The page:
Application of Failure Mode Effect Analysis (FMEA) to analyze the safety of medication dispensing in a tertiary care hospital

JAL Anjalee, V Rutter, NR Samaranayake

Abstract


Background: Failure Mode Effect Analysis (FMEA) is a prospective, team based, structured process used to identify system failures of high risk processes before they occur. Medicines dispensing is a high risk process that should be analyzed for its inherent risks.
Objectives: To identify possible failures, their effects and causes of the dispensing process of the study setting using Failure Mode Effect Analysis.


Methods: This prospective, cross sectional study was carried out for two months in the Pharmacy Department of a selected teaching hospital, Colombo, Sri Lanka. Thirteen pharmacists had discussions in two independent groups (Group A, n=06; Group B, n=07) to conduct a FMEA. Each group had one in-charge pharmacist, at least one senior pharmacist (>ten years of working experience), and one graduate pharmacist. Each group had five meetings of two hours each, where the dispensing process and sub processes were mapped, and possible failure-modes, their effects, and causes, were identified. A score for potential severity (S), frequency (F) and detectability (D) was assigned for each failure-mode according to specified guidelines. Risk Priority Numbers (RPNs) were calculated (RPN = SxFxD) to prioritize identified failure-modes. Feedbackwas obtained from participants about the usefulness of FMEA.

Results: Group A identified 48 failure-modes while Group B identified 43. Among all 91 failure modes, 69 failure-modes were common to both groups. The 22 that were not in-common scored low RPNs. Considering the RPN, Group A prioritized one failure-mode, while Group B prioritized three failure-modes (having identical RPNs). Both groups identified overcrowded dispensing counters as a cause for 57 identified failure-modes. All participants accepted FMEA as an effective method to analyze the safety of the dispensing process.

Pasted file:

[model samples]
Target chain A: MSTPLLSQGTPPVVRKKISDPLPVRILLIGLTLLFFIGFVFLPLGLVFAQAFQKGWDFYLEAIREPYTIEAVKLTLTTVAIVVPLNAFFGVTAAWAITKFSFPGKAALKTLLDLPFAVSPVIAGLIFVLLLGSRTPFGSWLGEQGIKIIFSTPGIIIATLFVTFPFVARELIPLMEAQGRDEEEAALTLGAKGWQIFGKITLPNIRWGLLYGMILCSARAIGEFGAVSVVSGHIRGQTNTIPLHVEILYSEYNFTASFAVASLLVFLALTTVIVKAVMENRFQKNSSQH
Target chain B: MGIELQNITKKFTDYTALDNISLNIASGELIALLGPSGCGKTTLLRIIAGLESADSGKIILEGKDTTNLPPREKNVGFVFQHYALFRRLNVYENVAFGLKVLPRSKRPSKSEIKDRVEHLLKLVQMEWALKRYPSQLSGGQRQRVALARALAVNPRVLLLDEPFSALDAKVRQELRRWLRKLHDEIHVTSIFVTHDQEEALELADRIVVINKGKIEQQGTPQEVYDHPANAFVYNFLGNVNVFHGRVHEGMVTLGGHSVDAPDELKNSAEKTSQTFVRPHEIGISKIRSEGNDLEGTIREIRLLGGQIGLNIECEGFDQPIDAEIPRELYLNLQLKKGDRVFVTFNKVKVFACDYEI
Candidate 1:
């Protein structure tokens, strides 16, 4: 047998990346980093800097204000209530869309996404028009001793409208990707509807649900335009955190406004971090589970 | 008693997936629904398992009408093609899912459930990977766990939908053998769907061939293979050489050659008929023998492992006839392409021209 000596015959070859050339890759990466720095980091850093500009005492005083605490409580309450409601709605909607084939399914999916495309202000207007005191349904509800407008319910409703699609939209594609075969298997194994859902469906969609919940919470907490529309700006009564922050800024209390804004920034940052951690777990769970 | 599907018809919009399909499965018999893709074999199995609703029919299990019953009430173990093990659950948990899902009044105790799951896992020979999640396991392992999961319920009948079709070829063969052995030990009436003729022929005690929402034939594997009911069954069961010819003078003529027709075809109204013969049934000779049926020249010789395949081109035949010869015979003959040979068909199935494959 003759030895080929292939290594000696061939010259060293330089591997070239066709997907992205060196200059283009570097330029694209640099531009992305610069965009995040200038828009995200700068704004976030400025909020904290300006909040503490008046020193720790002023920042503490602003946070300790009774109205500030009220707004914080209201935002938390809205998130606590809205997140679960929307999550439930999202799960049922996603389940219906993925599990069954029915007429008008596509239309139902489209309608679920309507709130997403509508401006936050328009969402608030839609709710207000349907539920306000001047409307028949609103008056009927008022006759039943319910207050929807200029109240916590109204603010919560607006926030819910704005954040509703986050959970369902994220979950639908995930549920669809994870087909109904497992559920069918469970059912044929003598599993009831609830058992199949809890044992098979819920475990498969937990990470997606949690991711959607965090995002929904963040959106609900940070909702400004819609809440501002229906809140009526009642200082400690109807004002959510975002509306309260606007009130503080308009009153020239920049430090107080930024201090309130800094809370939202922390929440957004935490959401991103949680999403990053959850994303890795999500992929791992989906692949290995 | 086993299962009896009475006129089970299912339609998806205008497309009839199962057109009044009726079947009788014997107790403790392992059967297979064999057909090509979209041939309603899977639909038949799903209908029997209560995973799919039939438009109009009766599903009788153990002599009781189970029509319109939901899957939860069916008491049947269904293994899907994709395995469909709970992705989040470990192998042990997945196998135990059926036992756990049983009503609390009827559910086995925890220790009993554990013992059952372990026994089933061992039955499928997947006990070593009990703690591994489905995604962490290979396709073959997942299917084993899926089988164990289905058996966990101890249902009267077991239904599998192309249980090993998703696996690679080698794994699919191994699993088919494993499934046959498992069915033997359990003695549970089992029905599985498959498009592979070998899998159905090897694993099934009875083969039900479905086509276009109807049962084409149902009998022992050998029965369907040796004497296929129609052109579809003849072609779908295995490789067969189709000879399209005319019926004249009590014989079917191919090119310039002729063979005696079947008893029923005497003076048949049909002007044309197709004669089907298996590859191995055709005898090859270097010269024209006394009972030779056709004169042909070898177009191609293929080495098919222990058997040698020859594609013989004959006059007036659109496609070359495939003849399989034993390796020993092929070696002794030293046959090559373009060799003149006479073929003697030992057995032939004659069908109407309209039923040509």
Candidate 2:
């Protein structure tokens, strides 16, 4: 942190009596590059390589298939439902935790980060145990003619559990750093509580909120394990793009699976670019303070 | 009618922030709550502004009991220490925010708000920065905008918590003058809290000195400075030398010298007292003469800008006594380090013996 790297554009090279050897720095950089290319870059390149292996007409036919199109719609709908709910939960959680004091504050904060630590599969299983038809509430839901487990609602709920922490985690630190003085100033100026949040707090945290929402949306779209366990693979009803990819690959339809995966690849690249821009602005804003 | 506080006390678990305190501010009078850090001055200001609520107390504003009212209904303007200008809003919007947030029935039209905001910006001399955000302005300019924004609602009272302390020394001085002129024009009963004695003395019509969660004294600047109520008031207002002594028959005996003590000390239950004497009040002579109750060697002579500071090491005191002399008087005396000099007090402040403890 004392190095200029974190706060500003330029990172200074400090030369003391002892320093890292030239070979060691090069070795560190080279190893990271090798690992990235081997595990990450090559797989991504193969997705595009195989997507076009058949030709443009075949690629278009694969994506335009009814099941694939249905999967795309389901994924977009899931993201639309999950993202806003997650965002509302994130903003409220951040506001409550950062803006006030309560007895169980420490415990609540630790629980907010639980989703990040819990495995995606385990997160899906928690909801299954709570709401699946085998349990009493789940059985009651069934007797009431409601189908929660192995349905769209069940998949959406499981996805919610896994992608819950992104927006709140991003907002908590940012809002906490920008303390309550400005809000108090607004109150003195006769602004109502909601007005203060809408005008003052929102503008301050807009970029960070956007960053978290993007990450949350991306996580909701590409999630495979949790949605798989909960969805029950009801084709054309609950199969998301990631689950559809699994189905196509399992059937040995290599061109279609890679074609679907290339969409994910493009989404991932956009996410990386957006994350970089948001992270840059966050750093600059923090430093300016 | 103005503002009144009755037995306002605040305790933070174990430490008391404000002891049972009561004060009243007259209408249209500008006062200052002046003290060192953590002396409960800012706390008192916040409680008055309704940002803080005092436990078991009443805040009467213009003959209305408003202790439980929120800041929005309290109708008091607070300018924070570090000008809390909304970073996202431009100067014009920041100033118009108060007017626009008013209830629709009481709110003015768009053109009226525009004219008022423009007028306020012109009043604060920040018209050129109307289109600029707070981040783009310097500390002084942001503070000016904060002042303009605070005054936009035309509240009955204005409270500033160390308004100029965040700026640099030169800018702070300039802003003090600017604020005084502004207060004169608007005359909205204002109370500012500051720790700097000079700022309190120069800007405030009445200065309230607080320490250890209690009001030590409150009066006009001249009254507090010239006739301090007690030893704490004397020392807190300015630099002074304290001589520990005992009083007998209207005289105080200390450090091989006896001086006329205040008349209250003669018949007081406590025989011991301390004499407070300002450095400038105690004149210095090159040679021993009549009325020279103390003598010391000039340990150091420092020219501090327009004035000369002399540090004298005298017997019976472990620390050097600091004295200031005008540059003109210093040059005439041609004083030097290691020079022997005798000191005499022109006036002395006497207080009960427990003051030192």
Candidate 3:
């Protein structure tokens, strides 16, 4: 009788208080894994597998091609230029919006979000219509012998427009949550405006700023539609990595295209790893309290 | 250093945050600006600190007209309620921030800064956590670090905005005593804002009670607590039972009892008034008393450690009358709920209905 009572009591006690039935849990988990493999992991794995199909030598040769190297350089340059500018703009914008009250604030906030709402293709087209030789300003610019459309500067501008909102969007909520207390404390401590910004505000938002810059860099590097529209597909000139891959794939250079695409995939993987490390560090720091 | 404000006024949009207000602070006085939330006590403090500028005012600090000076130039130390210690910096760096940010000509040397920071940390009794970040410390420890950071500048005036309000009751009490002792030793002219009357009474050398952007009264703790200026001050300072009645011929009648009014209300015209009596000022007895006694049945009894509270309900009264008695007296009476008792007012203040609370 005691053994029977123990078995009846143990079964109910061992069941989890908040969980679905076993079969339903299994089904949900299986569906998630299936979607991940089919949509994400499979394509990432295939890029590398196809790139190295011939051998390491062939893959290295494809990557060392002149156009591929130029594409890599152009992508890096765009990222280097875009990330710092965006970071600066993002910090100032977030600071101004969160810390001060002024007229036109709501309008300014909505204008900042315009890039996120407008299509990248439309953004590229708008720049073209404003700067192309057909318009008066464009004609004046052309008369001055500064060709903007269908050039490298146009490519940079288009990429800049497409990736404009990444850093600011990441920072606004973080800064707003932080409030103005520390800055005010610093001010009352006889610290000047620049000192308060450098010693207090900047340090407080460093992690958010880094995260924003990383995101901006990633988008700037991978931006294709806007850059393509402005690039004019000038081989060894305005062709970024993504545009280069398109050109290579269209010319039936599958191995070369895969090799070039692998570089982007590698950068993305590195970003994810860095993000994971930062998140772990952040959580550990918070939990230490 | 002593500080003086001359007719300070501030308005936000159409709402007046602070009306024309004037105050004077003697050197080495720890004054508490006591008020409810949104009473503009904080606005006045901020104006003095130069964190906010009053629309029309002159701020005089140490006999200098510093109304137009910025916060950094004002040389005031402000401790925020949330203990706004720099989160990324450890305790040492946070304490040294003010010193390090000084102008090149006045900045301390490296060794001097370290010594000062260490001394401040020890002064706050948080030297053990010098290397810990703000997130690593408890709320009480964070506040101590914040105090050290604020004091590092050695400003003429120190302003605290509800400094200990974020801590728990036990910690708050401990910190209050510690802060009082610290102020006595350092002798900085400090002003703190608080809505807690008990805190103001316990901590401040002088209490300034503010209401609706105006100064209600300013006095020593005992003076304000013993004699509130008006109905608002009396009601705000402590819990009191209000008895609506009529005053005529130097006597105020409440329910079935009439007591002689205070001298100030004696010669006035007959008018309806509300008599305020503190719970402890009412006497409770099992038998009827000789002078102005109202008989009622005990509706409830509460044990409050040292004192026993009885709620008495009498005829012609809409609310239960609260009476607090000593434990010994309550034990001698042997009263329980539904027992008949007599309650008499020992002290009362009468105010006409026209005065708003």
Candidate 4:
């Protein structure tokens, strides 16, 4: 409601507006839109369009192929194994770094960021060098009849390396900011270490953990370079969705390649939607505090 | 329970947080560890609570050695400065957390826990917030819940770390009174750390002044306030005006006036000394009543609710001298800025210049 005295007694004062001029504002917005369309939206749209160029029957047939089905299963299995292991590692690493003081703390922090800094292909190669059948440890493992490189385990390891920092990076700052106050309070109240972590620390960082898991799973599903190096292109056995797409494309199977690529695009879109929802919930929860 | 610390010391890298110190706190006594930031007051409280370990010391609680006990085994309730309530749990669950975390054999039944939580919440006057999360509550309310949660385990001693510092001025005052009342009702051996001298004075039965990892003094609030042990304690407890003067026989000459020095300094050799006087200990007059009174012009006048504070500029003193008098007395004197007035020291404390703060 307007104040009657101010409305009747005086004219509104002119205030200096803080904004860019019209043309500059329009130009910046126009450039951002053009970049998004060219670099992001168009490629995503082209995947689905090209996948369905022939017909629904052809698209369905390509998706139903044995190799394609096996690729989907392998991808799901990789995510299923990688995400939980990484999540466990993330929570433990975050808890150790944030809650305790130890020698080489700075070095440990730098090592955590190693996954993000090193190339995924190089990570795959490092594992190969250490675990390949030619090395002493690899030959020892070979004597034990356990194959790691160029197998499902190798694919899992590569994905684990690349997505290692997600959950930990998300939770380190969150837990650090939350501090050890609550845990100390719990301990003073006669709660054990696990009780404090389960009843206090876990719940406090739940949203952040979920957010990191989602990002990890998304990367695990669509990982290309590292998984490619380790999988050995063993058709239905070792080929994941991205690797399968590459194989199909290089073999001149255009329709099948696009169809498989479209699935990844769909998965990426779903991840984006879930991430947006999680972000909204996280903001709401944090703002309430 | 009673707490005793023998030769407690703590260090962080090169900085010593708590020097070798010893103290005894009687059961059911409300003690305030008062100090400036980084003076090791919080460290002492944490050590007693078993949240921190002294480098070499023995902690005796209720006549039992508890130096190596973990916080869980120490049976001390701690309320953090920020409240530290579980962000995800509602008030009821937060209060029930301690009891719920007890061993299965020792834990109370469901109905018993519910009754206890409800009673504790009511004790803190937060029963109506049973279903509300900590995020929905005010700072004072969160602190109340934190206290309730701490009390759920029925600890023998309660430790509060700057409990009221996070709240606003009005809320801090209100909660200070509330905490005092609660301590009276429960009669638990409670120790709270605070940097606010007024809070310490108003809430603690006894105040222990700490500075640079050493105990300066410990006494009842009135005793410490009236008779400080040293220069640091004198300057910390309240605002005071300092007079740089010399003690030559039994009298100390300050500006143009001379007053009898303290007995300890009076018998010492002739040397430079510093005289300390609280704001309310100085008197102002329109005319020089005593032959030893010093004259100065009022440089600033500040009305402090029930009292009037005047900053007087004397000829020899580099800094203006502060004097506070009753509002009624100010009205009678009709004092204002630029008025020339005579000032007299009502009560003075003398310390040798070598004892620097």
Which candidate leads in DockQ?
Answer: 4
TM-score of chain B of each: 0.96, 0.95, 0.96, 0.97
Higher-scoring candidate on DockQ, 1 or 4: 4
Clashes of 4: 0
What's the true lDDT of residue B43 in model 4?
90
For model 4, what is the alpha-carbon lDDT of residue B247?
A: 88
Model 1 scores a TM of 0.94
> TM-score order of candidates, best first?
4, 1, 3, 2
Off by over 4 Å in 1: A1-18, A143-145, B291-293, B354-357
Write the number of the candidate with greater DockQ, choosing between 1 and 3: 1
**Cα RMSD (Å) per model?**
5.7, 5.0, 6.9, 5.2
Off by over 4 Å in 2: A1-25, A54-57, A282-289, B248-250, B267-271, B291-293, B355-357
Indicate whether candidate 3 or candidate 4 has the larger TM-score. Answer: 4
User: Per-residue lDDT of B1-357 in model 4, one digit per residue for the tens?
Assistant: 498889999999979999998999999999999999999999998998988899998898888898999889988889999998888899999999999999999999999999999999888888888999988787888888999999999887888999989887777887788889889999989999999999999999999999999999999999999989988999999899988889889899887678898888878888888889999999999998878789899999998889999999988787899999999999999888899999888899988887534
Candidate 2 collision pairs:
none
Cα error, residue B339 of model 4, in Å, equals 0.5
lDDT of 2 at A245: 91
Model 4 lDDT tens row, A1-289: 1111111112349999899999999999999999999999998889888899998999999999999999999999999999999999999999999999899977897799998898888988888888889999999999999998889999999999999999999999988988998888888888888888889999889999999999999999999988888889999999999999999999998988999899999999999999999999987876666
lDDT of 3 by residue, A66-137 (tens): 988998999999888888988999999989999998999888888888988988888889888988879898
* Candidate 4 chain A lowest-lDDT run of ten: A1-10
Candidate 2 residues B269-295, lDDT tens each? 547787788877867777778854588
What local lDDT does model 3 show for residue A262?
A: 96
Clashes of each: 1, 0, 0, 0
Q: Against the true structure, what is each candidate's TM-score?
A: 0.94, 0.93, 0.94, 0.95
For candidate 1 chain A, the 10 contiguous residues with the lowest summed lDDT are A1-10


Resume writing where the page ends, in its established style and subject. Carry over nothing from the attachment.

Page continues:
Conclusions: FMEA was successfully utilized to identify and prioritize possible failure-modes of the dispensing process through active involvement of pharmacists. This prospective approach is useful to prevent dispensing errors before they occur.


Acknowledgement: This study was funded by the University Research Grant ASP/01/RE/MED/2017/37, University of Sri Jayewardenepura.


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Proceedings of Annual Scientific Sessions of Faculty of Medical Sciences, University of Sri Jayewardeneprua, Sri Lanka